“Most physician offices will accept a lesser amount, especially if they know the service is not going toward a deductible,” said health insurance agent Natalie Cooper of Best Quote Insurance of Ohio.

Ask about a payment plan if you can’t afford to pay the bill in one go. Most medical offices would rather get the money a little bit at a time than not at all.

“Most physician and hospital groups will accept a small payment of $25 or $50 per month until it’s paid off,” Cooper said.

Use a health savings account

If you’re struggling to pay a medical bill out of pocket, see if you can open an HSA and use those funds to pay for it. If you owe $2,000, you can transfer $2,000 to an HSA and then pay the doctor directly from that account.

What’s the benefit? HSA contributions are deductible on your taxes. Unfortunately, only people with high-deductible plans are eligible to start an HSA. Individuals can only contribute up to $3,400 a year or $6,750 in an HSA. You can start an HSA anytime if you have an eligible healthcare plan.

The IRS says you can only use your HSA to pay for qualified medical expenses, a list of which you can find here. Funds in an HSA roll over from year to year, and you can contribute up to $3,400 annually or $6,750 for families.

You can also open a Flex Spending Account, which works similarly to an HSA. However, funds don’t roll over to the next year and users can only contribute $2,550 a year.

How to Prevent Out-of-Pocket Expenses

Ask beforehand

Many people use the insurance company’s website to find a doctor, but those lists are often out of date. Insurance information can even change daily. The only way to confirm a doctor’s status with an insurance company is to call them directly and ask if they’re a network provider — not just if they accept your insurance.

“When they are a network provider, they are contractually required to accept no more than the negotiated contracted rate as payment in full, which is usually less than the billed rate,” said human resources expert Laurie A. Brednich. “When they say they ‘accept xyz insurance,’ they are usually not a network provider, but will file the claims on your behalf, and you are responsible for the full billed charges.”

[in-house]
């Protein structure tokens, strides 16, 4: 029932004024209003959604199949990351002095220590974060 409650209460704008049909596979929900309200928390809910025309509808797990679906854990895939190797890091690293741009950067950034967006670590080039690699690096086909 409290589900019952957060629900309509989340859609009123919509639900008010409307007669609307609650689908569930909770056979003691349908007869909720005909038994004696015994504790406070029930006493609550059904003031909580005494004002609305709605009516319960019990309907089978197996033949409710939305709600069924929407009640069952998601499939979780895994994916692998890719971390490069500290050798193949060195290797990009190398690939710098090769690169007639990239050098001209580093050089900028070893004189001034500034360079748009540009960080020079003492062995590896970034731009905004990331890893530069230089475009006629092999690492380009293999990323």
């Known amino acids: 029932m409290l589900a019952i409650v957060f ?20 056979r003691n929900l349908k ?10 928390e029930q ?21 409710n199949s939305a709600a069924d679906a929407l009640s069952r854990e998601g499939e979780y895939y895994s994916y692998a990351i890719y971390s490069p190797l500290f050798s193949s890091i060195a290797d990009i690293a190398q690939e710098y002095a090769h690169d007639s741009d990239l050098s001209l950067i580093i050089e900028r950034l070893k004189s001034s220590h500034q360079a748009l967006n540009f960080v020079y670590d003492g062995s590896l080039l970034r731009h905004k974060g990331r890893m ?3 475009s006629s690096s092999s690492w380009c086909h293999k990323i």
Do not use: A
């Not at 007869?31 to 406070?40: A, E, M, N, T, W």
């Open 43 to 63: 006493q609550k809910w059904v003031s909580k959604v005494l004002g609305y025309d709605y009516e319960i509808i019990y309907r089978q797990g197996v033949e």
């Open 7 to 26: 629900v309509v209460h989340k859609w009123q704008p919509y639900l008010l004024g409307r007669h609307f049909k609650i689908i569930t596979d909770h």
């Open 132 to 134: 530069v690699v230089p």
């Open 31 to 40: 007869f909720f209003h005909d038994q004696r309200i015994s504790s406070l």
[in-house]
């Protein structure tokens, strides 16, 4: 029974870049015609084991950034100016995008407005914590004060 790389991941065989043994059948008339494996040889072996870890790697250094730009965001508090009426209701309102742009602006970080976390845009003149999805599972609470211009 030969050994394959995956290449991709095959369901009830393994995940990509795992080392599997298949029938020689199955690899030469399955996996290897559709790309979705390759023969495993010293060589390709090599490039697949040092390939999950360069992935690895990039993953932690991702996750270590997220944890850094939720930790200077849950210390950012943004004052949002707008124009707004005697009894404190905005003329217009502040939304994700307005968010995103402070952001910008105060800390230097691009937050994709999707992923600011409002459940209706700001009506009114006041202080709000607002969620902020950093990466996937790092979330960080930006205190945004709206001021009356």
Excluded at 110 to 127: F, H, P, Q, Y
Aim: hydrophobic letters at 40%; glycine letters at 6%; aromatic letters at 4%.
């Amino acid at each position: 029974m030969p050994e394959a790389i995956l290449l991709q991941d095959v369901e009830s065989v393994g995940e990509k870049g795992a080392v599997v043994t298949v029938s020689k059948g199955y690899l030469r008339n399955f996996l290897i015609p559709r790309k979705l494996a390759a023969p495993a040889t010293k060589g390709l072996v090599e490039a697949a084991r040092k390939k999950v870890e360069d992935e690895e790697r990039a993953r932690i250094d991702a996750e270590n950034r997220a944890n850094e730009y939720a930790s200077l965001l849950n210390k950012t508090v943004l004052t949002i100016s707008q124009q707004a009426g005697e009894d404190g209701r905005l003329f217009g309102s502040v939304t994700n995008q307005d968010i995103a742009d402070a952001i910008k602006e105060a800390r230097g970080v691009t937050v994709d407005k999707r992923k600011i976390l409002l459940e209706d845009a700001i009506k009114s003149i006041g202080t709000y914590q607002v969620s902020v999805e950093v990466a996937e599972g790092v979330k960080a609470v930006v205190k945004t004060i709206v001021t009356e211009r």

It can also be helpful to give them your insurance group and account numbers beforehand so there’s no question about your specific policy. The more specific you can be, the more accurately you’ll be able to navigate the insurance labyrinth.

Find out if all procedures and doctors are covered

Have you ever been to a doctor who’s recommended you see a specialist for a certain procedure — only to find out that the specialist isn’t covered by your insurance, even though they’re in the same building?

When a doctor recommends you to a colleague, they’re not confirming that the other physician is covered in-network. Before you make the appointment, talk to the billing department to see what their policies are. You can request an estimate in writing beforehand so you’ll have an idea of what the costs will be.

Some procedures might not be covered even if they’re being ordered by your in-network doctor. If your doctor sends your results to a lab, that lab might be out of network, even if your insurance covers the doctor who ordered them.

Confirm the lab’s status before you go in. If it’s too late, call your insurance and ask if they can bill the service as in-network. Cite the fact that you weren’t aware the lab would not be covered.

If they refuse, contact the doctor’s office and explain your situation. Ask them why they used an out-of-network provider and see if they’re willing to write off the bill. Be polite, but firm.

Ask the doctor to apply

When Julie Rains’ insurance changed to a preferred provider plan, she discovered her trusted doctor was now going to be out of network. Instead of searching for a replacement, she asked if her physician would apply to the insurance company to be covered by her new plan. He agreed.

It took almost two months for him to be accepted, Rains said. If you’re going this route, it’s best to start as soon as you find out your insurance company has changed policies. Rains said between the time she found out about the changes and when they went into effect, her doctor had already been approved.

You might have less luck with a doctor you’ve only been seeing for a short time, but most medical professionals take long-term patient relationships seriously — especially if your whole family goes to the same office. As always, it doesn’t hurt to ask.

The post What To Do if Your Insurance Doesn’t Cover a Health Care Provider appeared first on MagnifyMoney.

How to Use Truebill to Identify & Cancel Recurring Subscriptions

 

Have you ever forgotten to cancel a subscription that charges you automatically each month? Me, too.

Thanks to Apple Music album exclusives, I’ve racked up quite a few charges from a subscription that I initially planned to cancel right after the free trial.

Truebill is an app that wants to make you aware of all the seemingly low-cost subscriptions that can add up to a lot of money spent. Truebill uses an algorithm to help you identify and cancel recurring payments made from your credit cards and bank accounts so you can find savings.

We tried out the app to see whether or not using it to cut costs is worthwhile. In this post, we’ll cover:

  • How it works
  • Truebill extra features
  • The cost
  • Pros and cons

How Truebill Works

You need to download the Truebill app from iTunes or GooglePlay to get started. The app lets you sign up for a Truebill account by email or Facebook.

Truebill mobile interface